Death of Newport women means that man accused of rape may go free


PORTLAND, Ore. (AP) — A 32-year-old Newport woman who died in an October car crash was in the midst of a fight to put away a man accused of sexually attacking her.

Now the family of April Loper fears that the criminal case against 51-year-old Thomas Acosta could be dismissed without Loper alive to testify.

“We are fearful for everyone involved,” said Loper’s aunt, Kathy Wagner of Shedd.

Acosta’s trial was set to begin last week, with Acosta facing charges that include first-degree sodomy, first-degree unlawful sexual penetration, sexual abuse and strangulation, according to The Oregonian.

With Loper dead, however, her statements to authorities are not admissible.

Lincoln County deputy chief District Attorney Marcia Buckley sought exceptions to hearsay rules that would have allowed Loper’s statements to a nurse who conducted her medical exam, as well as statements to family and friends.

Lincoln County Circuit Judge Charles Littlehales ruled the testimony would not be allowed. That leaves prosecutors with little evidence remaining.

Court documents depict a violent attack that left Loper fearing for her life and her family, and left her vulnerable to a second attack that lasted for more than a week.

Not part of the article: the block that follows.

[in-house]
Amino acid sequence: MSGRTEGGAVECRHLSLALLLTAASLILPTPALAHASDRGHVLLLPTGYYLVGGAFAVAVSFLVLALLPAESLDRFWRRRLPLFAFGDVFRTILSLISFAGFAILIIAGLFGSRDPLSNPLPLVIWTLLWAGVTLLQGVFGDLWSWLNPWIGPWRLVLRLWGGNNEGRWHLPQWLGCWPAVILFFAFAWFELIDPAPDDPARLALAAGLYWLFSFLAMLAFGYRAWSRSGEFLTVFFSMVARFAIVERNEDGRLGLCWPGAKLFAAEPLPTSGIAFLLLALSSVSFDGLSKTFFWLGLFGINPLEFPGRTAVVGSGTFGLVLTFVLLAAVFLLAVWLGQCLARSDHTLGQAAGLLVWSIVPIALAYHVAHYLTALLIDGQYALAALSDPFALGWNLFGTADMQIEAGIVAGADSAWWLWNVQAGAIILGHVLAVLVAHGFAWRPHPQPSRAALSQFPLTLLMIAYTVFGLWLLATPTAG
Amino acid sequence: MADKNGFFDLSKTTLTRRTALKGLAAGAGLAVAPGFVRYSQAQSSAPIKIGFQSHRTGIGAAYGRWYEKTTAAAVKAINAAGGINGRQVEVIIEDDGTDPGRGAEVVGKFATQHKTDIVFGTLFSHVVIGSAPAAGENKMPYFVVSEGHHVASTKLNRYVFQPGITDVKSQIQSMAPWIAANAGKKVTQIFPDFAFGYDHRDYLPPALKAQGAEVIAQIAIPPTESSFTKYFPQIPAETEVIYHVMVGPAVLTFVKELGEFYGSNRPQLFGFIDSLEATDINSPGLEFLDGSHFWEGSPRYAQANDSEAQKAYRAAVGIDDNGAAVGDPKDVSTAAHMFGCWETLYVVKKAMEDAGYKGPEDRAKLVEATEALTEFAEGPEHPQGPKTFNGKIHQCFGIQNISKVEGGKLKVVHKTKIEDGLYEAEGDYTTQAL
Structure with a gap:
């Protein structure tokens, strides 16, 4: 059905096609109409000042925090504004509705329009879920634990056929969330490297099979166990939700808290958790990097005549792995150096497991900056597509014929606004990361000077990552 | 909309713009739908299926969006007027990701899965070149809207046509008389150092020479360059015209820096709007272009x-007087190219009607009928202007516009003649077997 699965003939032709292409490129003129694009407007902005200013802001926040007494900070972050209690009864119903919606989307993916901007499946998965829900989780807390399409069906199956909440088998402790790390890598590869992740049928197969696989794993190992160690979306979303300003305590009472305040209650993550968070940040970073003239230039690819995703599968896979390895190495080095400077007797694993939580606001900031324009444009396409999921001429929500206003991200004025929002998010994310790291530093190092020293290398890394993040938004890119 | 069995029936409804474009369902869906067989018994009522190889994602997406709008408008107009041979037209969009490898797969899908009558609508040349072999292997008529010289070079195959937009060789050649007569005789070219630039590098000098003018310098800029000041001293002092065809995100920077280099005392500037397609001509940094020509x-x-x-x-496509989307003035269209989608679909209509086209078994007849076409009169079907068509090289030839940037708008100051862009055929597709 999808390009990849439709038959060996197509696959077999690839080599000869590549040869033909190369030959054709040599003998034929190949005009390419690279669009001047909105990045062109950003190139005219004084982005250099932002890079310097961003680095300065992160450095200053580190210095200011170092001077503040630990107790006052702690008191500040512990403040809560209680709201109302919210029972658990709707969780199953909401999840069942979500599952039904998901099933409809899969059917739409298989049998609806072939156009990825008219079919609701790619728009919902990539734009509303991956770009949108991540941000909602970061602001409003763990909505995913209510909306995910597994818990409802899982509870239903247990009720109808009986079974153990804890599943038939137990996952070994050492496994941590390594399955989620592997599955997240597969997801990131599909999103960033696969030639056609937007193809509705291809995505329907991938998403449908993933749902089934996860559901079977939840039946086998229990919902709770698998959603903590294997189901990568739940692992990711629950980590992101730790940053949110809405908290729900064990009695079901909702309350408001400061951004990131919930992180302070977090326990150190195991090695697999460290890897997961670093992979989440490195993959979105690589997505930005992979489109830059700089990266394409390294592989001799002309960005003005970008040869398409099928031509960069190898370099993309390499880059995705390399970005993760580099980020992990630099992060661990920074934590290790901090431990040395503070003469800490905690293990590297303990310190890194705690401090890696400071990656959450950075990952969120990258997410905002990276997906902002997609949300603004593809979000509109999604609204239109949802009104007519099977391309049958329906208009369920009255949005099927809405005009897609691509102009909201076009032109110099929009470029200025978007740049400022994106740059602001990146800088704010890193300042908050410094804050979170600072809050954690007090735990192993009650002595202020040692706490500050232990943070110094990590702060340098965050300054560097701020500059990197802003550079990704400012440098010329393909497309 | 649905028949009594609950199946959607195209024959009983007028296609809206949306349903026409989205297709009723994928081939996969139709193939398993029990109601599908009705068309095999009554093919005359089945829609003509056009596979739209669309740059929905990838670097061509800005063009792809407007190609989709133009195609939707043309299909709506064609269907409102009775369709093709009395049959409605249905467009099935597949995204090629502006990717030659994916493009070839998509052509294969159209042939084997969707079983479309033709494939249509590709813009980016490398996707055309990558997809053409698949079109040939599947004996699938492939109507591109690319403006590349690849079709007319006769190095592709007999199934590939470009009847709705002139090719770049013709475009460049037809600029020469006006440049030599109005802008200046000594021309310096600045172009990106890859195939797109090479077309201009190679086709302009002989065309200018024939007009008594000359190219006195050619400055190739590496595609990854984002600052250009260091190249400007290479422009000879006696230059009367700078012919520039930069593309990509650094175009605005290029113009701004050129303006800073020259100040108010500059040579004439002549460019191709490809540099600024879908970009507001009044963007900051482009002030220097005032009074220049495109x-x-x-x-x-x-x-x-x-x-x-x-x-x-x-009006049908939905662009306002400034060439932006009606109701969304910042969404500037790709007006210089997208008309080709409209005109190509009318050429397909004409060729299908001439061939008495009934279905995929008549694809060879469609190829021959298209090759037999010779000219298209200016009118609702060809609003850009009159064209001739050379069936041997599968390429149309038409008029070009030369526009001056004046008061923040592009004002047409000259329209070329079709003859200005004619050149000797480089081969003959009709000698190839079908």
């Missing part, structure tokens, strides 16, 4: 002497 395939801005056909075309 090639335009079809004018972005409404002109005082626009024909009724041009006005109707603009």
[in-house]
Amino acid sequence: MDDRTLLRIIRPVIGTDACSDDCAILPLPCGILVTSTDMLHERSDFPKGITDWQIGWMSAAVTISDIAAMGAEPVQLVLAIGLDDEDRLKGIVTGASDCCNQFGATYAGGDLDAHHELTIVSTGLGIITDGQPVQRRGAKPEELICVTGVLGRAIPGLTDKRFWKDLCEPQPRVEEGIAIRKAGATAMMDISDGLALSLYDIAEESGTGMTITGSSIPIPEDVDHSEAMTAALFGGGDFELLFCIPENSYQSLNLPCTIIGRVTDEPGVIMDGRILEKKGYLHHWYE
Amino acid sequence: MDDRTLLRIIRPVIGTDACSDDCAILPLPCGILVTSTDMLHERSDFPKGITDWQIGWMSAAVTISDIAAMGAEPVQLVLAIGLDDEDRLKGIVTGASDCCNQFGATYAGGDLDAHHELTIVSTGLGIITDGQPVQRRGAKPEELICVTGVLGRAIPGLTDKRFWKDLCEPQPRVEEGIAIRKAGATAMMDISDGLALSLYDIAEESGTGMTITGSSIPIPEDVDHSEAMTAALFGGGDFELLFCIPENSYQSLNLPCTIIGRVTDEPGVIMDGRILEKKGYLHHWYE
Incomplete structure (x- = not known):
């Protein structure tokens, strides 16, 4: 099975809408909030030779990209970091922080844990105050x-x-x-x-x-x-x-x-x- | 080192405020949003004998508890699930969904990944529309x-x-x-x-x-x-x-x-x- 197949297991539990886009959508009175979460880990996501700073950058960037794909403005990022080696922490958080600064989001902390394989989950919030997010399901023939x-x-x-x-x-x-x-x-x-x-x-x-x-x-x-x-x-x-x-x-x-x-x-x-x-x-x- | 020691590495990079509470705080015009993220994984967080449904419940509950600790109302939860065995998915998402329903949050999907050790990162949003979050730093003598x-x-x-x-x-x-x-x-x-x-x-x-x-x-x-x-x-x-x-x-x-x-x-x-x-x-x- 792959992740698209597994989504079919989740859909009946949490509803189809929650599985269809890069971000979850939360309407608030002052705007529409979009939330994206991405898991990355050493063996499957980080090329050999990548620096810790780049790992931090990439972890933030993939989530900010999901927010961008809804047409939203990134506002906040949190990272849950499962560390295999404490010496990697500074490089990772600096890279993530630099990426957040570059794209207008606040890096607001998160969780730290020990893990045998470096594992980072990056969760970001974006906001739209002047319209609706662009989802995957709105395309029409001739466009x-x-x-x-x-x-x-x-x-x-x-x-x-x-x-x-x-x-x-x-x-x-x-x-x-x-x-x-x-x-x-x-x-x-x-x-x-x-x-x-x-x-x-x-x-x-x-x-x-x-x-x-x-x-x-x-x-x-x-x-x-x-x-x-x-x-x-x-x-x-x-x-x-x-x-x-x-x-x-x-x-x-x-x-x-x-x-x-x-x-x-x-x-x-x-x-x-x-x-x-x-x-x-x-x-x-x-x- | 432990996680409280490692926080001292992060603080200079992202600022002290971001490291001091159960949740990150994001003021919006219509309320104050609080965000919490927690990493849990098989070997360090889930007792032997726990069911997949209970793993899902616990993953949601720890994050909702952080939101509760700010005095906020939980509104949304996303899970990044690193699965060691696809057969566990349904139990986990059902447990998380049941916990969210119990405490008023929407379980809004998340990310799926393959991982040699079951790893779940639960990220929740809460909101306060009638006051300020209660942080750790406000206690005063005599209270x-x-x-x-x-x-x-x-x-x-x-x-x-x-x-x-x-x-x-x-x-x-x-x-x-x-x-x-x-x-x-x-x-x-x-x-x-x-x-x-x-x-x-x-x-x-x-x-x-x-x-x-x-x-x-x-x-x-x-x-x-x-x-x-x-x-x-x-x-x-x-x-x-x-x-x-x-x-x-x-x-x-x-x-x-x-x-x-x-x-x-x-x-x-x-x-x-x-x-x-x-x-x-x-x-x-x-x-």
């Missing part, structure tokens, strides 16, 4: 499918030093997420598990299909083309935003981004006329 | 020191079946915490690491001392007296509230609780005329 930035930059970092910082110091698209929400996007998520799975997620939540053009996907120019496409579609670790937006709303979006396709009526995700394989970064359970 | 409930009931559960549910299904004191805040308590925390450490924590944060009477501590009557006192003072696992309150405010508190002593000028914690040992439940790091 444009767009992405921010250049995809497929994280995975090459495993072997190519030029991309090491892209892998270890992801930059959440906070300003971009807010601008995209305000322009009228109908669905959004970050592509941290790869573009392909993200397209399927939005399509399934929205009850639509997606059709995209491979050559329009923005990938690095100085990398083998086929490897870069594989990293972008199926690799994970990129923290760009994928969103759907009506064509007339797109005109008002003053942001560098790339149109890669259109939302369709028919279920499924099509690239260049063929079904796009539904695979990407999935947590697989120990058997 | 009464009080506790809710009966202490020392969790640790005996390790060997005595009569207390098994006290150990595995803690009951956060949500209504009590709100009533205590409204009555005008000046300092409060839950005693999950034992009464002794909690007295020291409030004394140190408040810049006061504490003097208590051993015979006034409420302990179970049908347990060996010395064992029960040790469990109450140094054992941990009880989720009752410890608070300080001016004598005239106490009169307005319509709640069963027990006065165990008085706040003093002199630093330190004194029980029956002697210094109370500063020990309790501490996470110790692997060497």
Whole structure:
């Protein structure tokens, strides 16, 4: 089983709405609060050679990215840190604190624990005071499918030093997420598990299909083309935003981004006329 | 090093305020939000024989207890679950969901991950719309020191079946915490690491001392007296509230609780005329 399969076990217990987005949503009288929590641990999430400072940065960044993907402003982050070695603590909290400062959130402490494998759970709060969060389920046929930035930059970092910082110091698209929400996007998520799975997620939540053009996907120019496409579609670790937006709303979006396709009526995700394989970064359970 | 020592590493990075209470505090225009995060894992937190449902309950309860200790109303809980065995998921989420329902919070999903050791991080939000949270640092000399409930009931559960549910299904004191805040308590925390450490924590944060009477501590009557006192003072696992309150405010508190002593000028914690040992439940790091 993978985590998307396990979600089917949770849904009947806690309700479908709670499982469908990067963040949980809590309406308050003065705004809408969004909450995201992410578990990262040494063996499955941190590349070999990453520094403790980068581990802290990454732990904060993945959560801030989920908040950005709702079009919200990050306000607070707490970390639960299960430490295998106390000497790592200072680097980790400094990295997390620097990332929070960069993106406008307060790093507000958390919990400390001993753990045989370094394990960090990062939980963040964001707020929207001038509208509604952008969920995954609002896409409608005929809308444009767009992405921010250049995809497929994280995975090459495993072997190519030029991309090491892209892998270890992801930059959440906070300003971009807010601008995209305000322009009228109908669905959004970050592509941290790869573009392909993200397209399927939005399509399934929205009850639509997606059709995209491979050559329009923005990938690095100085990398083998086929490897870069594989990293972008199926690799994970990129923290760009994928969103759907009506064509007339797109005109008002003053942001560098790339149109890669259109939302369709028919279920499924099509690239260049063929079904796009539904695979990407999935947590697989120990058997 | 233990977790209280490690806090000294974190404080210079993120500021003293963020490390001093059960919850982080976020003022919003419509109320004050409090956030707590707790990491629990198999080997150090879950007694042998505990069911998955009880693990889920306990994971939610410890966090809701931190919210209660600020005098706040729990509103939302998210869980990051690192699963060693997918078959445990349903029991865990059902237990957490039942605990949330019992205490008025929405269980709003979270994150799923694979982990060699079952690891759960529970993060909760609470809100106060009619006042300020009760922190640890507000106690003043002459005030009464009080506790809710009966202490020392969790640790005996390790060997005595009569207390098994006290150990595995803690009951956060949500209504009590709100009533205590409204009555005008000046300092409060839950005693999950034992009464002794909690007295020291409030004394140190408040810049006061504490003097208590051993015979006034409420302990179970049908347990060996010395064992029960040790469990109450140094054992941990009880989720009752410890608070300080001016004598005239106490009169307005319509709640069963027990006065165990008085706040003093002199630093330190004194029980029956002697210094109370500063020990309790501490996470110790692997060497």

Wagner said Loper and Acosta had begun seeing each other in about October 2011. Loper grew afraid of Acosta, too afraid to end things with him, Wagner said.

Court documents say Loper was attacked by Acosta on Dec. 15 as she worked in her shop. The documents say Acosta knocked Loper unconscious when she hit him back.

She was bound with electrical tape when she awoke in the loft of the shop, according to the documents, which say Acosta repeatedly assaulted, sodomized and raped Loper throughout the night.

Acosta let Loper go in the morning, but stayed close by whenever she was around others, according to the court papers.

Loper told friends, but “swore them to secrecy ... convinced if she went to the police Acosta would make good on his threats to her and her family,” the documents say.

On Christmas Eve, Loper got in Acosta’s van and left with him to protect her family from him, according to the documents. Loper’s family waited for her to join for their Christmas celebration, then called police when she didn’t show up.


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